While both men die in the same place, where the two bodies ultimately come to rest highlights their respective characterizations. Coffin's body was never found washed up on shore; as the narrator says, "the sea was never known to give up the body of a man who might be, emphatically, called one of its own dead" (287). Dillon's {59} body does wash ashore—when Barnstable come across it he even momentarily mistakes it for Coffin's. As the details of Coffin's death and final resting place at sea highlight his unlanded oceanic identity, Dillon's likewise underscore his ambiguous national alliegance. Dillon's life in the interstitial space between two nations for which he was unwilling to sacrifice himself was reflected in his death between the two physical worlds of land and sea. Even his physical body, once dead, appeared to straddle the border between life and death: when Barnstable approaches Dillon's corpse he exclaims, "'his form is unmutilated, and yet observe the eyes! ...they gaze as wildly as if their owner yet had life—the hands are open and spread, as through they would still buffet the waves!'" (286). The American sailors who prevented Dillon from joining their lifeboat wanted to unceremoniously cast him back into the sea, saying "'away with his carrion into the sea again! give him to the sharks! let him tell his lies in the claws of the lobsters!,'" but Barnstable rebukes them and demands that they give him a proper burial. As Barnstable walks away the sailors follow his orders, but with one significant caveat: they bury Dillon in the sands below the high-tide line so that the incoming waters submerge his grave (287). Geographically, then, both characters' death and final resting place is in line with the physical and symbolic space in which they lived. Coffin is buried in his water-soil, Dillon is buried in earth that is equally exposed and submerged, neither fully land nor fully sea. Because both Dillon and Coffin carry loyalties outside the bounds of terrestrial national ideals, they are themselves ambiguous, interstitial characters.

It is important to note, however, that ambiguity in The Pilot is not inherently destructive; the novel is rather, according to Peck, along with The Spy, The Pioneers, Lionel Lincoln and The Last of the Mohicans, a meditation on the uncertain outcome of the conflict between authority and freedom. He goes on to state that "the ambiguity that defines the physical environment [in The Pilot] also characterizes the human realm," referencing Cooper's depiction of Jones, the rendering of whom "suggests an inability to 'decide'" which side of the authority / freedom conflict triumphs.15 Sarah Florence Wood offers a similar reading of Jones's character, saying that the man who is first introduced in the novel as "Mr. Grey" truly does "inhabit a 'grey' area, in terms of identity, ideology, and nationality...he slides from sea to shore and back again, a liminal figure who belongs to the no-man's land so frequently inhabited by geographically-mobile sailors and ideologically-minded renegades."16 Indeed, Jones's character in The Pilot is never solidified; though, and actually because, he would be recognized as a hero by the Americans he chooses to remain anonymous to them for much of the narrative, while at the same time he is reviled as a pirate by the British. He bases his own identity not on a personal conception of self but on the "articles" that he displays to Alice Dunscomb "while a glowing pride lighted his countenance"—these documents are letters of marque and royal commissions that are, in his words, "'not apt to be given to the children of infamy'" but rather justify the identity of "'a man who has not been thought unworthy to consort with princes and nobles'" (148-9). Throughout the novel Jones exists in a realm of ambiguity, and even in its final pages, after he reveals his identity to the American crews to rally them behind him for their final escape, Griffith refuses to tell Cecilia who the mysterious pilot really was, saying only that he was "'A man who held a promise of secrecy while living, which is not at all released by his death'" (422).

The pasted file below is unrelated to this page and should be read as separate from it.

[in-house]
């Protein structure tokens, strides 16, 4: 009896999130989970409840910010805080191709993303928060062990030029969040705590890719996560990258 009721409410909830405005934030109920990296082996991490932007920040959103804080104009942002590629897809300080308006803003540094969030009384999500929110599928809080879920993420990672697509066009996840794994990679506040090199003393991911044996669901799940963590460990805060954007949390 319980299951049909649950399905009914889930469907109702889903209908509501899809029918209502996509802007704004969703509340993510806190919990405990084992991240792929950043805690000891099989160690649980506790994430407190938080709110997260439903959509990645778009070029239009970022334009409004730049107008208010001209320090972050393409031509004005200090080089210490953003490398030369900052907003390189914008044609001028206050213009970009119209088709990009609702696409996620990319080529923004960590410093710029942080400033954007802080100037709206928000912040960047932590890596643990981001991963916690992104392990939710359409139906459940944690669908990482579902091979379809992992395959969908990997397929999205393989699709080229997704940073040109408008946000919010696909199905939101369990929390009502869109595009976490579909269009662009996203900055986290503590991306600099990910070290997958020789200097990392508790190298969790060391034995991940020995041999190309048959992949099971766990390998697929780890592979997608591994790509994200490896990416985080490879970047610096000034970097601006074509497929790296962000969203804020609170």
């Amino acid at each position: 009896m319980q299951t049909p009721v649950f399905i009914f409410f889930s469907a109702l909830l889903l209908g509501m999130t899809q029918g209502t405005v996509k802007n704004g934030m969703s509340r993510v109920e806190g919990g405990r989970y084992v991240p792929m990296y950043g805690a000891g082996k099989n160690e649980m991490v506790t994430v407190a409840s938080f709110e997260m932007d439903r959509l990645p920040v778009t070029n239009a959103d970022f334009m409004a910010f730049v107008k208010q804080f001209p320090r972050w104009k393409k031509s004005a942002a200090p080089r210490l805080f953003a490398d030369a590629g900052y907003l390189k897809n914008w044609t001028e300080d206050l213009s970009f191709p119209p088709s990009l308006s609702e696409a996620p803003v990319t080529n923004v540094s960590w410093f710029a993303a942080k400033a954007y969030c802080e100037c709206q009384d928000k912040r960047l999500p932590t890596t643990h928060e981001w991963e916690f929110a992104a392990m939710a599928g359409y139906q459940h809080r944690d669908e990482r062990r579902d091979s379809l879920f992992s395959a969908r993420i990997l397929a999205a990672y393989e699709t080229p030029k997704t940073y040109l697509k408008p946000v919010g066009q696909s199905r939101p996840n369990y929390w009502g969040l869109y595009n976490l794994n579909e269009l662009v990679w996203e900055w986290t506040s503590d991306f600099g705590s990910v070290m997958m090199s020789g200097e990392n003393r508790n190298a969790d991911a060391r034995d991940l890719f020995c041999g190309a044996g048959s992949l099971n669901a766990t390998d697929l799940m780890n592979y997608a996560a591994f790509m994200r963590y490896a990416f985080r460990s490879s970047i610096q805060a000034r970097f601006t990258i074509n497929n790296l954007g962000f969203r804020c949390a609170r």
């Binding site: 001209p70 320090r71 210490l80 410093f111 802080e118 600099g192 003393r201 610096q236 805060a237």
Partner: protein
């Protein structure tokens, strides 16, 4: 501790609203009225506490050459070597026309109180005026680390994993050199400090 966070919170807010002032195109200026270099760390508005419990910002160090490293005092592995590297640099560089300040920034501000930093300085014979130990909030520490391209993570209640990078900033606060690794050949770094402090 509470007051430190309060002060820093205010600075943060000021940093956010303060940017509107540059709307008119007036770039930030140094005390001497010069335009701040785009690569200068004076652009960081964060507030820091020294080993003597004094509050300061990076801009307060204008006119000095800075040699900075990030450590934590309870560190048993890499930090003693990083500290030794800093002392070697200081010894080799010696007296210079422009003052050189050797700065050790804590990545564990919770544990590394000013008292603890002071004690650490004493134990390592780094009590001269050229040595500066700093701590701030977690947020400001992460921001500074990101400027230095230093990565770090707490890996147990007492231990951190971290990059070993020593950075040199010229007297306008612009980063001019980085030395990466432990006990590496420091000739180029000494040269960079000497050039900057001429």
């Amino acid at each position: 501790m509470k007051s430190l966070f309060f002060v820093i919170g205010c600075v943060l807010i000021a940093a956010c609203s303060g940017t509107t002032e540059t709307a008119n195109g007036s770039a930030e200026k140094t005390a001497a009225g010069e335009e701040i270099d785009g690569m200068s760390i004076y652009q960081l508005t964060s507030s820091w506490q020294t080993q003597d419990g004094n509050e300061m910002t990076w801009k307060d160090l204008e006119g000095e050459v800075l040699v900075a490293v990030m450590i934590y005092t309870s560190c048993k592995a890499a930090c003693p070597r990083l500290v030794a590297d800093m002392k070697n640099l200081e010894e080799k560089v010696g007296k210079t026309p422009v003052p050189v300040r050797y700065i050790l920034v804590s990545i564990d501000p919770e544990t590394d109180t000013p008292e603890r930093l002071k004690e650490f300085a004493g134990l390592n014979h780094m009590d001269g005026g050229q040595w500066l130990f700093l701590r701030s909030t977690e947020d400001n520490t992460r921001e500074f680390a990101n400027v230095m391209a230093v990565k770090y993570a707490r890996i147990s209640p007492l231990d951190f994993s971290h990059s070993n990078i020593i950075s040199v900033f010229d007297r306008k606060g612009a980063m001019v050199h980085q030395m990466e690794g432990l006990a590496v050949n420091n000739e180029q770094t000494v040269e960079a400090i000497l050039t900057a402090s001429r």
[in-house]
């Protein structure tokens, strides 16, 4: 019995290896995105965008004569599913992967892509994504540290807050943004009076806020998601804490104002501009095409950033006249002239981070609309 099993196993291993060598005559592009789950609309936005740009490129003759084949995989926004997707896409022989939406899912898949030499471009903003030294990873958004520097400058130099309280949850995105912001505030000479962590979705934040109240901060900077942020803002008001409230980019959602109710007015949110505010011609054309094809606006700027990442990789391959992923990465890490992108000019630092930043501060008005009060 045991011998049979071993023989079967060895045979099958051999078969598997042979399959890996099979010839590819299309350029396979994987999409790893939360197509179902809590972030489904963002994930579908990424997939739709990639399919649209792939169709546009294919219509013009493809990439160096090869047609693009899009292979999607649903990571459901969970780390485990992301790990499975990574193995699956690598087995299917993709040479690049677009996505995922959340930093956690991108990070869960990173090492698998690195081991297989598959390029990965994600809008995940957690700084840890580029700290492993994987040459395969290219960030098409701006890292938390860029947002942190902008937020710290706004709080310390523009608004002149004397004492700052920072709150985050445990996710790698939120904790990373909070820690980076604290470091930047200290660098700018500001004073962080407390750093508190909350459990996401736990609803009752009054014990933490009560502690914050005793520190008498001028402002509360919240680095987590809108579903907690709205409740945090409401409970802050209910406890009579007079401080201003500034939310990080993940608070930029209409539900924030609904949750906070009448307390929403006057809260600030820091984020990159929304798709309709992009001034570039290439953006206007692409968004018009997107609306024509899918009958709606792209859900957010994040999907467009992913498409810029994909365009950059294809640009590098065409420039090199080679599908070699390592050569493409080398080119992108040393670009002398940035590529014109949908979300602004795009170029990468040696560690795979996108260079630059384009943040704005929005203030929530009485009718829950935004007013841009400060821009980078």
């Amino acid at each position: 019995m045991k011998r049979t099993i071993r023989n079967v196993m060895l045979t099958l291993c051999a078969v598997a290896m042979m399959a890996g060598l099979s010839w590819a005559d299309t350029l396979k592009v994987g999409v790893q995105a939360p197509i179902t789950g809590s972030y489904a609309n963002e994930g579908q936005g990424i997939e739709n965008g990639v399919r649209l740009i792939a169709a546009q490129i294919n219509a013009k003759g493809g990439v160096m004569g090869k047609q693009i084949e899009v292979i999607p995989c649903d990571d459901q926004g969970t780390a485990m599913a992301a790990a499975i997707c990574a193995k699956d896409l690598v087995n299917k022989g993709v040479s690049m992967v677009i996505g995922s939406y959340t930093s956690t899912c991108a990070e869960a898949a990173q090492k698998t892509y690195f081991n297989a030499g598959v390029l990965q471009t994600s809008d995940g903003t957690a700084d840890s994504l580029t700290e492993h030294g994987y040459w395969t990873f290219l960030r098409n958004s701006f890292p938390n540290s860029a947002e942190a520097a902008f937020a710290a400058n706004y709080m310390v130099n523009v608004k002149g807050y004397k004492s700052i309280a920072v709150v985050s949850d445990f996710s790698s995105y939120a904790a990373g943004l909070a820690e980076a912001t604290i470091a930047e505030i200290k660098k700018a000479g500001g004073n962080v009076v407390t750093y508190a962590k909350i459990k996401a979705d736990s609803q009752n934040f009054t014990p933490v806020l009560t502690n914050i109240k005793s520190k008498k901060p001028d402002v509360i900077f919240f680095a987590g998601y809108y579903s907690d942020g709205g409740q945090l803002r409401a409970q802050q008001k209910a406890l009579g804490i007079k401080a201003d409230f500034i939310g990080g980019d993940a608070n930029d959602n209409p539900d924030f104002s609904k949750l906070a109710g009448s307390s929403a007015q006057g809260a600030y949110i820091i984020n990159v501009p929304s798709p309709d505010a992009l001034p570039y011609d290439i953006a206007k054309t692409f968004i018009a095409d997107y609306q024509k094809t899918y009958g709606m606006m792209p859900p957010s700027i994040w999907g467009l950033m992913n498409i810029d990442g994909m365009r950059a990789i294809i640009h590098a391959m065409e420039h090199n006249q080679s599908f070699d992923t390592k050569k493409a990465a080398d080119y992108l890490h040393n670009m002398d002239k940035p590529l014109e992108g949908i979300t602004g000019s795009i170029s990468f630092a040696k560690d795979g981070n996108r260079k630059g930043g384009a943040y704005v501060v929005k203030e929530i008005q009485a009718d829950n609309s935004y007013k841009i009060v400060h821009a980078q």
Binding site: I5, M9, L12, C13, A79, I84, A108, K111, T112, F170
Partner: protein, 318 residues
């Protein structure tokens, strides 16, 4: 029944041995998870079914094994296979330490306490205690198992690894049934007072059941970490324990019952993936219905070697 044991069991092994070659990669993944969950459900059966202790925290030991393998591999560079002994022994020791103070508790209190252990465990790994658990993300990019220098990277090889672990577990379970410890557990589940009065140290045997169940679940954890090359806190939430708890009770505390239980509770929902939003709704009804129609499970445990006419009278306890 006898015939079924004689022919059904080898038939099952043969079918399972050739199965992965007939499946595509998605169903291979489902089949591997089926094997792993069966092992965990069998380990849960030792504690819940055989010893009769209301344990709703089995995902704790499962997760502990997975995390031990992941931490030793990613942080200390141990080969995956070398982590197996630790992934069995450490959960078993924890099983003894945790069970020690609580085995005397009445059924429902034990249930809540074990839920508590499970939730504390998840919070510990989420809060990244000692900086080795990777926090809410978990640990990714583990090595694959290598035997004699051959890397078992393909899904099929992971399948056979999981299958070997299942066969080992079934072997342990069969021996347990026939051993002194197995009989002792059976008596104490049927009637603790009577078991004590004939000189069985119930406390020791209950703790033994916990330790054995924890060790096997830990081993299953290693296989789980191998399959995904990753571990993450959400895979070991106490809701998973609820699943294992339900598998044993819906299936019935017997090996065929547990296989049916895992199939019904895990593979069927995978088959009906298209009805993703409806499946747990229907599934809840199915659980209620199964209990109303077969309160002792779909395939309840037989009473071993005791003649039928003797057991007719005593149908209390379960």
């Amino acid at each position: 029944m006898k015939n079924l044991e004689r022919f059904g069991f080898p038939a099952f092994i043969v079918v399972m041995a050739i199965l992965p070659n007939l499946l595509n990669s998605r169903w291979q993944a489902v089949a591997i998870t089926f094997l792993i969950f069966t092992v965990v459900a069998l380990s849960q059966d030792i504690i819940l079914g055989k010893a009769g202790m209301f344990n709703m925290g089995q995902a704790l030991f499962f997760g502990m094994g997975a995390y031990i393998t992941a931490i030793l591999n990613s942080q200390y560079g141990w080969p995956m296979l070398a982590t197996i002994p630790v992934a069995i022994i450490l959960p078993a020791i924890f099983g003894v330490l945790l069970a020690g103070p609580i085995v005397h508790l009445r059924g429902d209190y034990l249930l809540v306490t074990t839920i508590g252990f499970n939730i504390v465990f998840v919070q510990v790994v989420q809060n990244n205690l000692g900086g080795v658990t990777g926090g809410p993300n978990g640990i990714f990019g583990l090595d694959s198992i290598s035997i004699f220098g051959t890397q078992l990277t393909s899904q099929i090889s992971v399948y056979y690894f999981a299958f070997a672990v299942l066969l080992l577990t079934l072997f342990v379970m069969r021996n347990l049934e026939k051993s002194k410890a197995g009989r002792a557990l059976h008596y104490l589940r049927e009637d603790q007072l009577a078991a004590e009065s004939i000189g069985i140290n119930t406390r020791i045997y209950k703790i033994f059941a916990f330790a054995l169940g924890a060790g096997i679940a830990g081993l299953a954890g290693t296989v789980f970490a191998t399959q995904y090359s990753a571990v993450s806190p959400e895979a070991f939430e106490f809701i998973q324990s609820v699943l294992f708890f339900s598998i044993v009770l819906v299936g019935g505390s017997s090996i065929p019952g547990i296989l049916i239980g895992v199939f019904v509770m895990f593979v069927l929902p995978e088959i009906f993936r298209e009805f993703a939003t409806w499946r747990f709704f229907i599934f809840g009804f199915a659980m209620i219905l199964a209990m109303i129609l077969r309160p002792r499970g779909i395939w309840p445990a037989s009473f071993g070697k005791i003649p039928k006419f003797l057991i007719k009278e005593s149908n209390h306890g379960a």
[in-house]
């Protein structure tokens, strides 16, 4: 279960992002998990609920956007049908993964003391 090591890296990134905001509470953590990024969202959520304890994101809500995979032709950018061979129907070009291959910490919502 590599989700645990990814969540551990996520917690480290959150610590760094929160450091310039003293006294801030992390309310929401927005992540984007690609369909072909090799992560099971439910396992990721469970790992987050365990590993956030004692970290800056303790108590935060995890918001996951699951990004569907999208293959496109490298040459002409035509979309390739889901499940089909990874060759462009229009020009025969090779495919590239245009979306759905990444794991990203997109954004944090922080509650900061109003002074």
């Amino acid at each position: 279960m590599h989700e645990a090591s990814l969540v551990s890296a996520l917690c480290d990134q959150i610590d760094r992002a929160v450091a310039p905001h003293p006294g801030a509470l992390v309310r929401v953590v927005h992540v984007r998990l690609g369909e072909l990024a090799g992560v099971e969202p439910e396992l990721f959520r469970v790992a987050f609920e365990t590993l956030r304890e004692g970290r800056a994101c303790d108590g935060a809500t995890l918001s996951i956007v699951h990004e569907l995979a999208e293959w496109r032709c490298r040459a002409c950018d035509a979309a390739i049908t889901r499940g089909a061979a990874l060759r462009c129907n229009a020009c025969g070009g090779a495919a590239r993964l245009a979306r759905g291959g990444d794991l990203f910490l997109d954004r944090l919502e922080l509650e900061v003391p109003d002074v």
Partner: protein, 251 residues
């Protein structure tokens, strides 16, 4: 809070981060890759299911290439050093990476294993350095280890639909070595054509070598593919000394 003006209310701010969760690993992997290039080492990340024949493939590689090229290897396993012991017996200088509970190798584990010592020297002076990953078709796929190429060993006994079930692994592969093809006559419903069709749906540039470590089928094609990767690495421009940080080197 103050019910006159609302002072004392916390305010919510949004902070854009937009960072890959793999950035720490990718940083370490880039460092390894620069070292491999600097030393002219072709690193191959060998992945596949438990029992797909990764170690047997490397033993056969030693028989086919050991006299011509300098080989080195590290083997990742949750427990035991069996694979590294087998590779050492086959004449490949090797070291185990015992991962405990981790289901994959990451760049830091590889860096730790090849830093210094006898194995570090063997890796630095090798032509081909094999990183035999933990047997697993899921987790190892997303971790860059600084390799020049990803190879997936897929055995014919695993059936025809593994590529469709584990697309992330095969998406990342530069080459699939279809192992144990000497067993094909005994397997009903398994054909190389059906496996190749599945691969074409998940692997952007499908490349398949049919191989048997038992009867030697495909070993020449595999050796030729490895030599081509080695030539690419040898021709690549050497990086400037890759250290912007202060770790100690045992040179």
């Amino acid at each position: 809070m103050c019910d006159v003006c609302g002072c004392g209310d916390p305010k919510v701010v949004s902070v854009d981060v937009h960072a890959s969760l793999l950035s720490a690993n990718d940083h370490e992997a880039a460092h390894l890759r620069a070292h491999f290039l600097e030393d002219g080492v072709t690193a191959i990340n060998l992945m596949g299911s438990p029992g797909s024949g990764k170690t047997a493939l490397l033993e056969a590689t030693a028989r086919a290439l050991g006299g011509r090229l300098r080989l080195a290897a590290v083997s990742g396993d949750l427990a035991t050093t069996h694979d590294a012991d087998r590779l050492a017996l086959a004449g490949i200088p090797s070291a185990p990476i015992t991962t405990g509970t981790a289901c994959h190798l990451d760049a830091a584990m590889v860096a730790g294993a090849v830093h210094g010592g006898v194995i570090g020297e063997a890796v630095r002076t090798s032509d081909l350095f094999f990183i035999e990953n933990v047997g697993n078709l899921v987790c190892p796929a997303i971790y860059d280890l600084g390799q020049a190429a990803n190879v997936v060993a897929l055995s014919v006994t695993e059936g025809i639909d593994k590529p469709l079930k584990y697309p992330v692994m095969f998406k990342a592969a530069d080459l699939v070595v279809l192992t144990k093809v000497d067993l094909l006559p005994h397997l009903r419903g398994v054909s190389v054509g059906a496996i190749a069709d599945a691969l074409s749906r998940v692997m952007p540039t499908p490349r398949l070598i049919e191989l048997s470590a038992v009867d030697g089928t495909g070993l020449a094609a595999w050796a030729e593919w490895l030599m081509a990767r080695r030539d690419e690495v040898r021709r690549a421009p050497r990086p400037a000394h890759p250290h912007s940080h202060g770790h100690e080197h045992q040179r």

Though Peck links him to Natty Bumppo through their similar relegation to relatively minor roles of "common pilot" and "scout" that betrays their ultimately heroic stature, Jones's closest corollary character is The Spy's Harvey Birch. Though Birch's personal identity is not anonymous, his national identity is—as an American spy he is forced to perform the role of a British informant and so, in the eyes of the American protagonists, is a traitorous villain. In reality, however, Birch's apparent treachery serves to protect his nationalist motivations, and while he has a letter from George Washington himself that can assert his American bona fides and absolve him of any suspicion, his internal devotion to the American cause precludes any attempt to salvage his own reputation. Birch's true loyalties are not confirmed until after his death when, as a very old man, he dies fighting alongside American forces in Canada during the War of 1812 and Washington's pardon is found on his person. The Spy is ultimately a paean to nationalist self-sacrifice that, in its final lines, identifies Birch as "the spy of the neutral ground, who died as he had lived, devoted to his country, and a martyr to her liberties."17